Use of pesticides, particularly to kill bugs or weeds at work or at home, may raise the risk of Parkinson’s disease in men, says a study.
Parkinson’s disease is a disorder of the brain that affects the control of muscles and so may affect movement, speech and posture.
Mayo Clinic researchers Roberta Frigerio and others studied 149 patients who developed Parkinson’s disease between 1976 and 1995.
Men who use pesticides to kill bugs or weeds – either at work or at home – may have doubled the risk of getting Parkinson’s disease, the researchers said in a study in the June issue of the journal Movement Disorders.
However, women exposed to pesticides do not face such risk, reported the online edition of health magazine WebMD.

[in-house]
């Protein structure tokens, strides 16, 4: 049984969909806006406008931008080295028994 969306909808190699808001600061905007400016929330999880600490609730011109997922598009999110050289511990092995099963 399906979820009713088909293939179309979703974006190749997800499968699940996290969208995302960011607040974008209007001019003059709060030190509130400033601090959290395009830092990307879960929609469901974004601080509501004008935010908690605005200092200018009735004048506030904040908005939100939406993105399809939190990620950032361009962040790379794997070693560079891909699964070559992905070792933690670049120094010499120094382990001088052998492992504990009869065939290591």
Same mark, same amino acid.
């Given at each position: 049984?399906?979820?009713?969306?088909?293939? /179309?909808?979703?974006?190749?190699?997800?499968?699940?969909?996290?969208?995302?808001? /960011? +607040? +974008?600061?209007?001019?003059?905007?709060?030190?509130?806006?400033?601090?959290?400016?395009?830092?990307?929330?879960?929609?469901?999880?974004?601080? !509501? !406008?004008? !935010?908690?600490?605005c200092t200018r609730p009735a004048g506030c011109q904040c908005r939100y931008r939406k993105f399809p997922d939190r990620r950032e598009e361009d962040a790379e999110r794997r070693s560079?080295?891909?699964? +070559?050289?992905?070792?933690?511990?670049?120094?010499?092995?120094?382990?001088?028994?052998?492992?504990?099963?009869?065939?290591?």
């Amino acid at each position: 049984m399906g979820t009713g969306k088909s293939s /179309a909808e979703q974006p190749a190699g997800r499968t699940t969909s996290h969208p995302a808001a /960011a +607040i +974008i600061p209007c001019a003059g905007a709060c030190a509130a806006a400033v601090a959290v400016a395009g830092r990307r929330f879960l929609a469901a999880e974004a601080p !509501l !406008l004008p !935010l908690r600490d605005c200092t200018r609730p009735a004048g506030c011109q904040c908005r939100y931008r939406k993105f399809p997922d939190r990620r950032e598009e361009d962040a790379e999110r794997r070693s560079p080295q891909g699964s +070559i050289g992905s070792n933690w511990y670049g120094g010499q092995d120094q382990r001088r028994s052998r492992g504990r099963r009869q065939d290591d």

“There is something biologically different between men and women when exposed to pesticides,” a researcher said.
“The risk was 2.4-fold more than a doubling of the risk in unexposed men,” the researcher said.
But when the researchers looked only at men with occupational exposures such as farmers, they did not find a link to Parkinson’s disease.
But when they included men exposed to pesticides via hobbies such as gardening, the link became apparent.